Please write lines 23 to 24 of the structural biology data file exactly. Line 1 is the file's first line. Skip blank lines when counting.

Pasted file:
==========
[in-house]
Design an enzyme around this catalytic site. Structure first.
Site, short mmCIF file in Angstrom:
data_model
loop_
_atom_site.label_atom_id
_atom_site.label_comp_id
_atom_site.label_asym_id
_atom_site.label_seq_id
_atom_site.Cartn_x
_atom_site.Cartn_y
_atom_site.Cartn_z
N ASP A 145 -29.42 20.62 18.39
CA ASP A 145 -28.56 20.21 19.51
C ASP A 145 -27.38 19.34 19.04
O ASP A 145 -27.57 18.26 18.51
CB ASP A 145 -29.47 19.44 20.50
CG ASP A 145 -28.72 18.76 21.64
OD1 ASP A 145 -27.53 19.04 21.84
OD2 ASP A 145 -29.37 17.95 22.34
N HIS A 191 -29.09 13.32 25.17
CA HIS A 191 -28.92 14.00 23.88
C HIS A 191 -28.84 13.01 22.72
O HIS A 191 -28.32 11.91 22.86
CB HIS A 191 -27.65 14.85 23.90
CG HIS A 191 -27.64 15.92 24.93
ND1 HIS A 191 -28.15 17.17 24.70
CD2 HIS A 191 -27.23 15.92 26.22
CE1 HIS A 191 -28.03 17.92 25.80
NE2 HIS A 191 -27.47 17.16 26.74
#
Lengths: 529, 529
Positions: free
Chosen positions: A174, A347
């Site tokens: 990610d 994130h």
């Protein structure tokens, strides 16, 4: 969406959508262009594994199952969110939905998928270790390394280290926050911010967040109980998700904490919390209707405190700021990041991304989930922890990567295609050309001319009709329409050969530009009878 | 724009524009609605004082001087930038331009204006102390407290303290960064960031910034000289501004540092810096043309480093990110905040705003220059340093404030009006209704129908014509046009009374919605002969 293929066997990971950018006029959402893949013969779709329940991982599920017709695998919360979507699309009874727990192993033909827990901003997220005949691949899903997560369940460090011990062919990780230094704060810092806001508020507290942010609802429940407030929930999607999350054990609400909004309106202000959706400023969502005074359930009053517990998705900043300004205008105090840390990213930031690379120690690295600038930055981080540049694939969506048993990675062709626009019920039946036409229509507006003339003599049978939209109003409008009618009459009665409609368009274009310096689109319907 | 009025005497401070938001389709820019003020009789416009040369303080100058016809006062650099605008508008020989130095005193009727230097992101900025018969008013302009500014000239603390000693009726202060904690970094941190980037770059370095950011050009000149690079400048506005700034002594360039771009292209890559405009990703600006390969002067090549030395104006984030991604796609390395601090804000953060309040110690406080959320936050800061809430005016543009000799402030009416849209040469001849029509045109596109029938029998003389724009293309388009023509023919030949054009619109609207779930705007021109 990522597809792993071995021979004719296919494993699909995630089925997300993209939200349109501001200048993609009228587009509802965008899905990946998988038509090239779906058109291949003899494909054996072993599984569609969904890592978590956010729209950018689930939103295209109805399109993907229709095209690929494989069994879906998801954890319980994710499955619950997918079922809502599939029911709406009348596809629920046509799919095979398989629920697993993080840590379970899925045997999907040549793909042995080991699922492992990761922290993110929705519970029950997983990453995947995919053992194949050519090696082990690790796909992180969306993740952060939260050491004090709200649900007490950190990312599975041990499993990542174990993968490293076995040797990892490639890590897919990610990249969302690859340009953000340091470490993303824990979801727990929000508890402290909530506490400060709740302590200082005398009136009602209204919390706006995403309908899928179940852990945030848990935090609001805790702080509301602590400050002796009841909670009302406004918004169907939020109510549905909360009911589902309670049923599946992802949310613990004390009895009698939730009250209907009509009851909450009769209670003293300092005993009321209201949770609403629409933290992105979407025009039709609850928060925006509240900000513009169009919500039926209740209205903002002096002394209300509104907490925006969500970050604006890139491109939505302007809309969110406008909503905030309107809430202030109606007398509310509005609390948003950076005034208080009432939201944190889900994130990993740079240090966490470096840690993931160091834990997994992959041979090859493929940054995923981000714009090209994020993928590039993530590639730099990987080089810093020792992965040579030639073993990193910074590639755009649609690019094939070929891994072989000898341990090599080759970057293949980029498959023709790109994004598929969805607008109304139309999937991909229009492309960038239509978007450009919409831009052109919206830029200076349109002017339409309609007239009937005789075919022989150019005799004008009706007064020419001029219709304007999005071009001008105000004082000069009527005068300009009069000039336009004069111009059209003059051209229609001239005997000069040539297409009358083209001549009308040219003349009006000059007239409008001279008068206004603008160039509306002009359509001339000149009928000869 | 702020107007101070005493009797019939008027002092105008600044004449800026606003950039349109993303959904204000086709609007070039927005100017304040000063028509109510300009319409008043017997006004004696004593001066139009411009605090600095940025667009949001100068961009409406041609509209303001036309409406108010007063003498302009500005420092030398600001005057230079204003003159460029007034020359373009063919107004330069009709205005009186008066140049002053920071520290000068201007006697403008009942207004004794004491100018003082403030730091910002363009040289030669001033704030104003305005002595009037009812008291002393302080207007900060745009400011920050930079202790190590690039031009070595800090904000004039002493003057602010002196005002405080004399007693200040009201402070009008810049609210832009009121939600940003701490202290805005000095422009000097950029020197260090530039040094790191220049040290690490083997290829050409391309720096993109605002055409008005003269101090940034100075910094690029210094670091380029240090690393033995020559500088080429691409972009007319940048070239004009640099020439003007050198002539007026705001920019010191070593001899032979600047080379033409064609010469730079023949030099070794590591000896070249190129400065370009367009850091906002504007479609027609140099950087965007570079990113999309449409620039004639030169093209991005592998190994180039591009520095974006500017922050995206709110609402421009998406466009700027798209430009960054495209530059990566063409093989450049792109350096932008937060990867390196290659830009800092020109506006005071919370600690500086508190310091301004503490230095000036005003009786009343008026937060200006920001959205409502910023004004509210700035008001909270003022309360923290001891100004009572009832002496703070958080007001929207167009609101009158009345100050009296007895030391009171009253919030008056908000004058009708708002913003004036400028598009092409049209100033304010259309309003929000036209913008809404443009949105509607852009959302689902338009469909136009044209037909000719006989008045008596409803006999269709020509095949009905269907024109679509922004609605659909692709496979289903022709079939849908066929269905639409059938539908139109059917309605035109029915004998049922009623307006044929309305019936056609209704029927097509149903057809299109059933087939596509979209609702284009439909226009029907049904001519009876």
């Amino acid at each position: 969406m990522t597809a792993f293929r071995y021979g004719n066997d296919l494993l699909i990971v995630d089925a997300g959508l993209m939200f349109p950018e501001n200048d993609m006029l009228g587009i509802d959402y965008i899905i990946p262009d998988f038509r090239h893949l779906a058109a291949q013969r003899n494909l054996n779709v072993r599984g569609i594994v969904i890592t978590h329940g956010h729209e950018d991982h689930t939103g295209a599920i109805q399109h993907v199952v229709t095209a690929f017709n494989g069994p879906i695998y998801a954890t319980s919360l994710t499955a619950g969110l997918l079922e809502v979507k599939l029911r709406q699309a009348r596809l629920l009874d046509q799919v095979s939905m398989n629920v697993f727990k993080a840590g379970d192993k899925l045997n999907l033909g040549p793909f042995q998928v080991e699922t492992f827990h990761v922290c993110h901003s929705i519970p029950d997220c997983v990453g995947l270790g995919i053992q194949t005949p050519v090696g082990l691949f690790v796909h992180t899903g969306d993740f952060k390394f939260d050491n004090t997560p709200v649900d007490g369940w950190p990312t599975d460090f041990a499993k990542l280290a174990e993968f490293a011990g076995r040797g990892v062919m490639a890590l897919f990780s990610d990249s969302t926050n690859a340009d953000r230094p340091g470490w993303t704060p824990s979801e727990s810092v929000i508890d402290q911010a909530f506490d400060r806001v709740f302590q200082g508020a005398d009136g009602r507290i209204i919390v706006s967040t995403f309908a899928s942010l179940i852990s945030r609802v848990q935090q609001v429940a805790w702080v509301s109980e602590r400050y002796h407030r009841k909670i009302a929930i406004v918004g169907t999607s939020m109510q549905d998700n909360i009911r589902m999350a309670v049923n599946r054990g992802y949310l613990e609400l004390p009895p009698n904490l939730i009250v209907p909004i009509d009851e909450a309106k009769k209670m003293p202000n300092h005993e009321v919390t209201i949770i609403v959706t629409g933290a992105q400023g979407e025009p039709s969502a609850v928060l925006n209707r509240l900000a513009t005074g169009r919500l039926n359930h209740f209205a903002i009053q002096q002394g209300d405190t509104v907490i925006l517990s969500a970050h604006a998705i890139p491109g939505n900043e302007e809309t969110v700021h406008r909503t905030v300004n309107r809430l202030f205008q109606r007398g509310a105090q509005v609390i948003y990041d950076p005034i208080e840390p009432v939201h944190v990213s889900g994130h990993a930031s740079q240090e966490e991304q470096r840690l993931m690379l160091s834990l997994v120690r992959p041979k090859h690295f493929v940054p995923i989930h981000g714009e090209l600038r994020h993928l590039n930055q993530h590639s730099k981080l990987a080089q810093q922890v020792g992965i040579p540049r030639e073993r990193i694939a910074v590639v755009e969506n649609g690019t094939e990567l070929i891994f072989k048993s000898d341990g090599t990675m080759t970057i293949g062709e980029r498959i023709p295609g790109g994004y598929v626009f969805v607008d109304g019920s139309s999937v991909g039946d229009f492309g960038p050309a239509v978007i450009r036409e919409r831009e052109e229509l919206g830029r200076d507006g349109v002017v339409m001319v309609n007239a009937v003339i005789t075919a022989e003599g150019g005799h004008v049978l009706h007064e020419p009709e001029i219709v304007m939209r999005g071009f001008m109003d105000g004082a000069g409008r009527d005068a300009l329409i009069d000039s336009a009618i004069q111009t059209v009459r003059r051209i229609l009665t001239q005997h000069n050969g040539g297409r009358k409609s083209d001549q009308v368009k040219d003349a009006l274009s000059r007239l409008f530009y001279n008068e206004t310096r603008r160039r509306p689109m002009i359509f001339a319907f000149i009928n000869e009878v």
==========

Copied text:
C HIS A 191 -28.84 13.01 22.72
O HIS A 191 -28.32 11.91 22.86